Bulletin No. 2, 2019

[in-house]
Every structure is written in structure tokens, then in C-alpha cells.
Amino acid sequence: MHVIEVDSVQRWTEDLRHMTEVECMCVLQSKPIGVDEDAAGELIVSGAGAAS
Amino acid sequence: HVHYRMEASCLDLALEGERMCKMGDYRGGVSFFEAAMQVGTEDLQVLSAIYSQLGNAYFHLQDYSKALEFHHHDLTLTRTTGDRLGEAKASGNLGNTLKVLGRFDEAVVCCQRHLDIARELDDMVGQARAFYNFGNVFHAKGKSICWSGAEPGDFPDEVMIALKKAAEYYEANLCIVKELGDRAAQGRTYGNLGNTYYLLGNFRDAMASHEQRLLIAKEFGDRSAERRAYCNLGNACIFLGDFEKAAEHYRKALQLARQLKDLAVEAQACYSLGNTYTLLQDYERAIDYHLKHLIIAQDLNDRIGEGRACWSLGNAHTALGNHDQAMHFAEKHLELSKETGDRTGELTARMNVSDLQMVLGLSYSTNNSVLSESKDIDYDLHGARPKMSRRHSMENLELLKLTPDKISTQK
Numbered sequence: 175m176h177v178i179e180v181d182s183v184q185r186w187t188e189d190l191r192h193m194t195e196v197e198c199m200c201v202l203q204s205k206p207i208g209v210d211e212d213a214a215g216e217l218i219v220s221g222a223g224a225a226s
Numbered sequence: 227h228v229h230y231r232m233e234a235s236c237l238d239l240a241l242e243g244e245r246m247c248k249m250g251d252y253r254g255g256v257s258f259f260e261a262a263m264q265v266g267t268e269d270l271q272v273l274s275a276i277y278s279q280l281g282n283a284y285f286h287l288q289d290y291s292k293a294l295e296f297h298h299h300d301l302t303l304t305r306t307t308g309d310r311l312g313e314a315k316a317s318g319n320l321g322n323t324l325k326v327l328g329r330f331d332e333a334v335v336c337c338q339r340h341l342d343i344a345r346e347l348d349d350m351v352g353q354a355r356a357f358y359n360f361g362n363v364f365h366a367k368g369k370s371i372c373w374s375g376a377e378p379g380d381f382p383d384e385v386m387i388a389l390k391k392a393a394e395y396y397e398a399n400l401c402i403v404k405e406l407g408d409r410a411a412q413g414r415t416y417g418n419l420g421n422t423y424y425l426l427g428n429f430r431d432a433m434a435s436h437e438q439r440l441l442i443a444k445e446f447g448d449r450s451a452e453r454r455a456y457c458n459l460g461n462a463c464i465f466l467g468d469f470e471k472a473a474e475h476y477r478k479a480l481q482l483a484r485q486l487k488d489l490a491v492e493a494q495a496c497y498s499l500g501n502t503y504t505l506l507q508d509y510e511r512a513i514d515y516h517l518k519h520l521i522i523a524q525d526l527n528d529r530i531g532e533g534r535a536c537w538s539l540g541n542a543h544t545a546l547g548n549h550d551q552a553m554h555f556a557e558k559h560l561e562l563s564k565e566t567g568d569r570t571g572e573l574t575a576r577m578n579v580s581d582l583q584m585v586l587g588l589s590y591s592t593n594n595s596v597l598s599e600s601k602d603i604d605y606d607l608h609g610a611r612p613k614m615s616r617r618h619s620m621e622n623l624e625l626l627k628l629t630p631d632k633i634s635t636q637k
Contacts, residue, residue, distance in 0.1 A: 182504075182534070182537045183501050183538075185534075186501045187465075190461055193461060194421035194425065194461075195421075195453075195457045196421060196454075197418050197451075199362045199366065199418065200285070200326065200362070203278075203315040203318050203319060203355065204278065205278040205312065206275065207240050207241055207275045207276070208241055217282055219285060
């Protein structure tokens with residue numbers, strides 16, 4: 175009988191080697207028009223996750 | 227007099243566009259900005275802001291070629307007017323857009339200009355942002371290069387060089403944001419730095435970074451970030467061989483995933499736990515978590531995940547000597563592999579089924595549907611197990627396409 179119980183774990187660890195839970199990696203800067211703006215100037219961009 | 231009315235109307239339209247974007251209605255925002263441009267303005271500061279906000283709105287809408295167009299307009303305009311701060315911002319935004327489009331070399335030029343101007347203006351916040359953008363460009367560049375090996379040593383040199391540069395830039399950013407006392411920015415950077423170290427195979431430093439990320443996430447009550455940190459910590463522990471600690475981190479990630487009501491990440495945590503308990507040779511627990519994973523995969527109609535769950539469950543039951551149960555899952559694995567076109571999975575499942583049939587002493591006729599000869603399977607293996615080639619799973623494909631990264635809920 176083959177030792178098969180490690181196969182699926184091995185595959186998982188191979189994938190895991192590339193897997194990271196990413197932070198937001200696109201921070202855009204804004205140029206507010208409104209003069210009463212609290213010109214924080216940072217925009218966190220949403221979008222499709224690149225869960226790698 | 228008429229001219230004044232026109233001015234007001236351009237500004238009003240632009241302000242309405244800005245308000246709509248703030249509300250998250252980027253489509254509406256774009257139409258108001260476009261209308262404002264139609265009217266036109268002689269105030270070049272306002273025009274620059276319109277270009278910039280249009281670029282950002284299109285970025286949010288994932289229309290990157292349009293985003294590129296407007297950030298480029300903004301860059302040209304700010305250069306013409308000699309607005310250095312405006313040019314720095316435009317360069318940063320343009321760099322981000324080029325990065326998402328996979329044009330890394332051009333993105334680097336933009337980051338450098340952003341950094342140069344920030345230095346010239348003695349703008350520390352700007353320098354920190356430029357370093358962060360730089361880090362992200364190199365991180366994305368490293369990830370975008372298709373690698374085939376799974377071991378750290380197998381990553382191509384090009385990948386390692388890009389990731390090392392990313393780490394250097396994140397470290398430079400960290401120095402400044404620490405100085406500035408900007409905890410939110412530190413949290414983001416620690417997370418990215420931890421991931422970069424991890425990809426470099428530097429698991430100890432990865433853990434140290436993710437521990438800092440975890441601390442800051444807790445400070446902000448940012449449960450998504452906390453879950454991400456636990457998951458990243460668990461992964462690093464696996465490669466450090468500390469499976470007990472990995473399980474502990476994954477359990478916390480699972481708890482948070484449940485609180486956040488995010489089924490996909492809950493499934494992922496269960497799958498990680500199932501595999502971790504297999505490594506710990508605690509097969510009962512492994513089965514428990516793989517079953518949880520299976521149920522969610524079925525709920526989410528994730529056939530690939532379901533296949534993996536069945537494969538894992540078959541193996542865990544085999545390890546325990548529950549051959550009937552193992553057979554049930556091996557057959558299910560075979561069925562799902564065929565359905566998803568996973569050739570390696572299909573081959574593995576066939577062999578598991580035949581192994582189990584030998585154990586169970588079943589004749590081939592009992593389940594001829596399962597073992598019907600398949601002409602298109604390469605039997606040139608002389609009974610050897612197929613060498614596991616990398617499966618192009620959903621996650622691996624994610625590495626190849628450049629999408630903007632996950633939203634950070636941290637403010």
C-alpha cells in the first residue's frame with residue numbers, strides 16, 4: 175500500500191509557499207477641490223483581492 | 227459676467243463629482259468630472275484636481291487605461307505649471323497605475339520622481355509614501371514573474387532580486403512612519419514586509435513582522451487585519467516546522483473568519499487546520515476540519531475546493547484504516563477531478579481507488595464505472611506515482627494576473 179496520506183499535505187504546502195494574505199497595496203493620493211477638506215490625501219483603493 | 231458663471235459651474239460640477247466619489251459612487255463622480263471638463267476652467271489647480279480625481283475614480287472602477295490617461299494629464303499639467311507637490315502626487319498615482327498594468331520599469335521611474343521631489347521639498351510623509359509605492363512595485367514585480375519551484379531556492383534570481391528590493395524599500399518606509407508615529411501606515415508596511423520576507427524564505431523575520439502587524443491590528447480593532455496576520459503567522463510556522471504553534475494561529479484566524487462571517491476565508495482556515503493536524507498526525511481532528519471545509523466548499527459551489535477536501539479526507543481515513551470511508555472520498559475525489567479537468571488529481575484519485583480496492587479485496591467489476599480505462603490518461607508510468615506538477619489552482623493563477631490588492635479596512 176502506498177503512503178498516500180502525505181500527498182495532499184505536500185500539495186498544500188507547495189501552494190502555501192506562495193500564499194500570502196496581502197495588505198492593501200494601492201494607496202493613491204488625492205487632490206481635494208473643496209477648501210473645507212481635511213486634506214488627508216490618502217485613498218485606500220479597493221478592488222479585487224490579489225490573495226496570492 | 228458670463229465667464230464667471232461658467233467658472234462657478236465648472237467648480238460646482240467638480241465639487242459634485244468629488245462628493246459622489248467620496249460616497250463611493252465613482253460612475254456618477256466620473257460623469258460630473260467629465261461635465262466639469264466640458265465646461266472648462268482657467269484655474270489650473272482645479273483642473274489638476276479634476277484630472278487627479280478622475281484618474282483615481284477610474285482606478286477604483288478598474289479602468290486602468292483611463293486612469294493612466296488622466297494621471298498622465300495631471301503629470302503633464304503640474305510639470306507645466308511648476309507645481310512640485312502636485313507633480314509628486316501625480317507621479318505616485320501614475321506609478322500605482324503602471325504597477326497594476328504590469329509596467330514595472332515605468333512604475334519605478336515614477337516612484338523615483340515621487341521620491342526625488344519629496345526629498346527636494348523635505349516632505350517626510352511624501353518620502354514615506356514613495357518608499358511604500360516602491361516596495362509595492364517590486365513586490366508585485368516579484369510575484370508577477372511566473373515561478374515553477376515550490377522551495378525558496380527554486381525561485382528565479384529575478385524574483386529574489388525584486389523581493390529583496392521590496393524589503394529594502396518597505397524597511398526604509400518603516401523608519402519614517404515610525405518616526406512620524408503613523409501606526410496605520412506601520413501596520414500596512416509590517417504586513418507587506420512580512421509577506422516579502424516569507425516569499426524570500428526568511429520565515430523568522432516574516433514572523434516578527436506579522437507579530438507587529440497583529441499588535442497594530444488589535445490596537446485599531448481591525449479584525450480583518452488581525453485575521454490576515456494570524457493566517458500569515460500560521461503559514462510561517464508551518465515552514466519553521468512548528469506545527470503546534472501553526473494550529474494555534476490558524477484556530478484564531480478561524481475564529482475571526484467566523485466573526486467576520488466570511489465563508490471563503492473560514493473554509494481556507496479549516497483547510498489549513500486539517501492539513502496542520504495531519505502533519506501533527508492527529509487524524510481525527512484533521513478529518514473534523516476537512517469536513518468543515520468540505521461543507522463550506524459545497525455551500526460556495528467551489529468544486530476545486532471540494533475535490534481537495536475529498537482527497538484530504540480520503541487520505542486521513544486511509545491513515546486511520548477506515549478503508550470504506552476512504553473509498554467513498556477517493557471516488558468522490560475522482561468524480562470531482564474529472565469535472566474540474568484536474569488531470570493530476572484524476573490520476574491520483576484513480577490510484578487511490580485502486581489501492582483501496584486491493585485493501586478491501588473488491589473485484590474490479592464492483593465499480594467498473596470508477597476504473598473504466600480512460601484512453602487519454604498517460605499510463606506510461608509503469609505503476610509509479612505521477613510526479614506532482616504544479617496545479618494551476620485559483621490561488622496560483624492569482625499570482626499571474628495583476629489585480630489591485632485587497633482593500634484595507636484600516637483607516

11 They Stand on the Shoulders of Giants Many countries around the world have long been outspoken for their stances on strict legal sanctions against all illicit drug uses and trades, particularly during the so-called ‘War on Drugs’ campaigns. Despite growing concerns about and even criticism of such punitive practices as violations of human rights standards and due process safeguards, few see the roots of the problem as derived from the political and ideological settings of respective societies. Prof. Michelle Miao is one of the few. Like many legal scholars, Professor Miao has been conscious of the possible ramifications of penal excessiveness on individual rights and liberty. ‘Of the 12 countries which have actively applied the death penalty to drug offenses in recent years, seven are in East and Southeast Asia,’ she writes. As an avid researcher on criminal law, criminal justice, and judicial politics in Asian countries, Professor Miao bridges disparate fields and generates a holistic approach in explaining why many countries have criminalized drug-related activities and imposed heavy sanctions on these offenses. By comparing and investigating the law, policies and practices among various Asian countries concerning their punitive responses to activities involving illicit drugs, Professor Miao explains that the harsh nature of criminal sanctions, to a large extent, is a product of populist political culture and ideological ethos. Jurist onHarsh Punishment Professor Miao explains how those punitive countries aim at consolidating their political power and popularity by portraying themselves as benevolent guardians of the good majority and use rationales such as enhancing community security and protecting the vulnerable public to justify their excessive actions and policies. She also proposes that a humane and constructive framework, rather than a draconian one, would be conducive to tackling the problem of illicit drugs. ‘Individual rights, dignity and liberties are basic fundamentals to all—innocent persons, suspects and criminals included.’ She quotes Manila Archbishop Luis Antonio Cardinal Tagle in this regard: ‘Whether a person is guilty or not, life should be cared for and respected. And if a person is guilty, give him new life—the opportunity to rise from his old life.’ With the plentiful resources and academic ambience that CUHK offers, Professor Miao seeks to draw the attention of the wider public to the issue of illicit drugs, especially in the areas of criminal justice, human rights and policy agendas. ‘The institutional links between CUHK and other universities offer opportunities for exchange of ideas and visits. Plentiful resources are available for conducting research trips as well as organizing conferences.’